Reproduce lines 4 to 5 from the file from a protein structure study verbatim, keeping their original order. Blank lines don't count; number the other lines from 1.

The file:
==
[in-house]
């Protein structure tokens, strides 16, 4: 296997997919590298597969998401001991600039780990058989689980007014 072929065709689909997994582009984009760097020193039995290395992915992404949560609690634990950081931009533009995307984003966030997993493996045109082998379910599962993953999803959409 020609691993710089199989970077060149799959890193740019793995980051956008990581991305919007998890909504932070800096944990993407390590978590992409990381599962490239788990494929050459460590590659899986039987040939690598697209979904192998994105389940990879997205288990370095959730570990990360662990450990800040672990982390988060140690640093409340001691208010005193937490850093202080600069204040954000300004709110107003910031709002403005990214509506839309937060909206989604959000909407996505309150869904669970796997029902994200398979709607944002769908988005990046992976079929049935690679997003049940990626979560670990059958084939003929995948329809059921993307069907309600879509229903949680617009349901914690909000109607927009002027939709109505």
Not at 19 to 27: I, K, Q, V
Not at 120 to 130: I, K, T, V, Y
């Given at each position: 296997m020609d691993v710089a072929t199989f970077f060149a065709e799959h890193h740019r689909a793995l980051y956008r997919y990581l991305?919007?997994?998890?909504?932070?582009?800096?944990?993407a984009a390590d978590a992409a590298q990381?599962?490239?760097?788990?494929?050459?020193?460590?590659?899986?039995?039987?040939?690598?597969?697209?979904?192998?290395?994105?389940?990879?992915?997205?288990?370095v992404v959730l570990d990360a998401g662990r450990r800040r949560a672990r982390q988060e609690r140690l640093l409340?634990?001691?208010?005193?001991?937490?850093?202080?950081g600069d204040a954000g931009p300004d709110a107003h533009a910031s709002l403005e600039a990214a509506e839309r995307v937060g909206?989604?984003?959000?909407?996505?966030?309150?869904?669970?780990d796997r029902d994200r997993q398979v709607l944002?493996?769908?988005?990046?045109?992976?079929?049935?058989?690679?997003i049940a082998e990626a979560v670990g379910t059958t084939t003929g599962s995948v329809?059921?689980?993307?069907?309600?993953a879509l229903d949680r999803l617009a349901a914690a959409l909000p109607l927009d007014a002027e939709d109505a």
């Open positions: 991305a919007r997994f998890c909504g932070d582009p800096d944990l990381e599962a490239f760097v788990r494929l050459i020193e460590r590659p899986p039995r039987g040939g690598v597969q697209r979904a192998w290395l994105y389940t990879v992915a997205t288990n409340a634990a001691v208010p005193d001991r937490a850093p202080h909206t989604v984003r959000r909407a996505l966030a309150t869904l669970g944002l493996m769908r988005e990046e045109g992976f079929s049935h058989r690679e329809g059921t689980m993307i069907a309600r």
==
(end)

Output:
Not at 120 to 130: I, K, T, V, Y
């Given at each position: 296997m020609d691993v710089a072929t199989f970077f060149a065709e799959h890193h740019r689909a793995l980051y956008r997919y990581l991305?919007?997994?998890?909504?932070?582009?800096?944990?993407a984009a390590d978590a992409a590298q990381?599962?490239?760097?788990?494929?050459?020193?460590?590659?899986?039995?039987?040939?690598?597969?697209?979904?192998?290395?994105?389940?990879?992915?997205?288990?370095v992404v959730l570990d990360a998401g662990r450990r800040r949560a672990r982390q988060e609690r140690l640093l409340?634990?001691?208010?005193?001991?937490?850093?202080?950081g600069d204040a954000g931009p300004d709110a107003h533009a910031s709002l403005e600039a990214a509506e839309r995307v937060g909206?989604?984003?959000?909407?996505?966030?309150?869904?669970?780990d796997r029902d994200r997993q398979v709607l944002?493996?769908?988005?990046?045109?992976?079929?049935?058989?690679?997003i049940a082998e990626a979560v670990g379910t059958t084939t003929g599962s995948v329809?059921?689980?993307?069907?309600?993953a879509l229903d949680r999803l617009a349901a914690a959409l909000p109607l927009d007014a002027e939709d109505a």